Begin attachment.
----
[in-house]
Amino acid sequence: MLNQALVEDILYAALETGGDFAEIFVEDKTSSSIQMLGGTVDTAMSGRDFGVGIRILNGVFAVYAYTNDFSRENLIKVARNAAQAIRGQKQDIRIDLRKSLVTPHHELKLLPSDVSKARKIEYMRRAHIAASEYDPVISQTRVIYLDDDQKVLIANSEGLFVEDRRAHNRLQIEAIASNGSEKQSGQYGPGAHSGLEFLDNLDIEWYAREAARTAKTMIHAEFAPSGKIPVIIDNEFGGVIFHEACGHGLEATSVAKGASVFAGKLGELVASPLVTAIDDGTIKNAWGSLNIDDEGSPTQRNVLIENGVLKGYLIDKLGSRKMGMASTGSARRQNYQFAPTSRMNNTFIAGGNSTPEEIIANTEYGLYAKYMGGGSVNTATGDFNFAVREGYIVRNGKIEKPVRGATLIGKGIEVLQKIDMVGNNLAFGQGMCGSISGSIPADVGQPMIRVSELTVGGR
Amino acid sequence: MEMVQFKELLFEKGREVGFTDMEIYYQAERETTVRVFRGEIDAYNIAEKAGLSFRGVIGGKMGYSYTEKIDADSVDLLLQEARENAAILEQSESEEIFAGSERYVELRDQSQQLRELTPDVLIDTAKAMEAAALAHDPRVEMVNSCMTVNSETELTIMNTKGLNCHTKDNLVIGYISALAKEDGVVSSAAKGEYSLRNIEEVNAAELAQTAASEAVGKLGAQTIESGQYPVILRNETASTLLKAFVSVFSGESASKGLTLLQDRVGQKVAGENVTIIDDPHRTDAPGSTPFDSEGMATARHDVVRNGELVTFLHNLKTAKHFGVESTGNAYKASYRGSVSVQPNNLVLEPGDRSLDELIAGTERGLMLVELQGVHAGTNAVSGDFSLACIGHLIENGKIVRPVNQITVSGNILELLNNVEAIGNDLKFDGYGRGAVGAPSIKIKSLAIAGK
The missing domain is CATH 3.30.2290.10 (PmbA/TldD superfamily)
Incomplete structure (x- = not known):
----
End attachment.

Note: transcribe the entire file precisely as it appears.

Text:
[in-house]
Amino acid sequence: MLNQALVEDILYAALETGGDFAEIFVEDKTSSSIQMLGGTVDTAMSGRDFGVGIRILNGVFAVYAYTNDFSRENLIKVARNAAQAIRGQKQDIRIDLRKSLVTPHHELKLLPSDVSKARKIEYMRRAHIAASEYDPVISQTRVIYLDDDQKVLIANSEGLFVEDRRAHNRLQIEAIASNGSEKQSGQYGPGAHSGLEFLDNLDIEWYAREAARTAKTMIHAEFAPSGKIPVIIDNEFGGVIFHEACGHGLEATSVAKGASVFAGKLGELVASPLVTAIDDGTIKNAWGSLNIDDEGSPTQRNVLIENGVLKGYLIDKLGSRKMGMASTGSARRQNYQFAPTSRMNNTFIAGGNSTPEEIIANTEYGLYAKYMGGGSVNTATGDFNFAVREGYIVRNGKIEKPVRGATLIGKGIEVLQKIDMVGNNLAFGQGMCGSISGSIPADVGQPMIRVSELTVGGR
Amino acid sequence: MEMVQFKELLFEKGREVGFTDMEIYYQAERETTVRVFRGEIDAYNIAEKAGLSFRGVIGGKMGYSYTEKIDADSVDLLLQEARENAAILEQSESEEIFAGSERYVELRDQSQQLRELTPDVLIDTAKAMEAAALAHDPRVEMVNSCMTVNSETELTIMNTKGLNCHTKDNLVIGYISALAKEDGVVSSAAKGEYSLRNIEEVNAAELAQTAASEAVGKLGAQTIESGQYPVILRNETASTLLKAFVSVFSGESASKGLTLLQDRVGQKVAGENVTIIDDPHRTDAPGSTPFDSEGMATARHDVVRNGELVTFLHNLKTAKHFGVESTGNAYKASYRGSVSVQPNNLVLEPGDRSLDELIAGTERGLMLVELQGVHAGTNAVSGDFSLACIGHLIENGKIVRPVNQITVSGNILELLNNVEAIGNDLKFDGYGRGAVGAPSIKIKSLAIAGK
The missing domain is CATH 3.30.2290.10 (PmbA/TldD superfamily)
Incomplete structure (x- = not known):